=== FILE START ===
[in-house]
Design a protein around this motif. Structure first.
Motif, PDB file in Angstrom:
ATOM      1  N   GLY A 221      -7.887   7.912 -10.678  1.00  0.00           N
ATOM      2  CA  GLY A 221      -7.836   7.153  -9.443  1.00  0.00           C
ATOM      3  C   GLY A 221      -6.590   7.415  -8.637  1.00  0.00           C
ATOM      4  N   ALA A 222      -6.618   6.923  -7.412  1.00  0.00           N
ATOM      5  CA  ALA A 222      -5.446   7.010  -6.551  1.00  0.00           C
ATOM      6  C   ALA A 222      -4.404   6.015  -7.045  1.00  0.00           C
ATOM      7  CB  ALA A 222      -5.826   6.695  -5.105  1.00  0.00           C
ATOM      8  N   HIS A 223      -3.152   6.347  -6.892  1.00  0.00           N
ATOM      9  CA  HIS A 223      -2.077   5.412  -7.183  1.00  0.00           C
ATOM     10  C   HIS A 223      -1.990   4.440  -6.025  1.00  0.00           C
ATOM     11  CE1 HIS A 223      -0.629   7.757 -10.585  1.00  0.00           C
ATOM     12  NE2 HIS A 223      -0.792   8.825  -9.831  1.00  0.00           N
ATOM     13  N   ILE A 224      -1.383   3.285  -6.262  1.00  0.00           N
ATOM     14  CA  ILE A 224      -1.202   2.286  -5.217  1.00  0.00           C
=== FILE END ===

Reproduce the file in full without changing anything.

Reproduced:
[in-house]
Design a protein around this motif. Structure first.
Motif, PDB file in Angstrom:
ATOM      1  N   GLY A 221      -7.887   7.912 -10.678  1.00  0.00           N
ATOM      2  CA  GLY A 221      -7.836   7.153  -9.443  1.00  0.00           C
ATOM      3  C   GLY A 221      -6.590   7.415  -8.637  1.00  0.00           C
ATOM      4  N   ALA A 222      -6.618   6.923  -7.412  1.00  0.00           N
ATOM      5  CA  ALA A 222      -5.446   7.010  -6.551  1.00  0.00           C
ATOM      6  C   ALA A 222      -4.404   6.015  -7.045  1.00  0.00           C
ATOM      7  CB  ALA A 222      -5.826   6.695  -5.105  1.00  0.00           C
ATOM      8  N   HIS A 223      -3.152   6.347  -6.892  1.00  0.00           N
ATOM      9  CA  HIS A 223      -2.077   5.412  -7.183  1.00  0.00           C
ATOM     10  C   HIS A 223      -1.990   4.440  -6.025  1.00  0.00           C
ATOM     11  CE1 HIS A 223      -0.629   7.757 -10.585  1.00  0.00           C
ATOM     12  NE2 HIS A 223      -0.792   8.825  -9.831  1.00  0.00           N
ATOM     13  N   ILE A 224      -1.383   3.285  -6.262  1.00  0.00           N
ATOM     14  CA  ILE A 224      -1.202   2.286  -5.217  1.00  0.00           C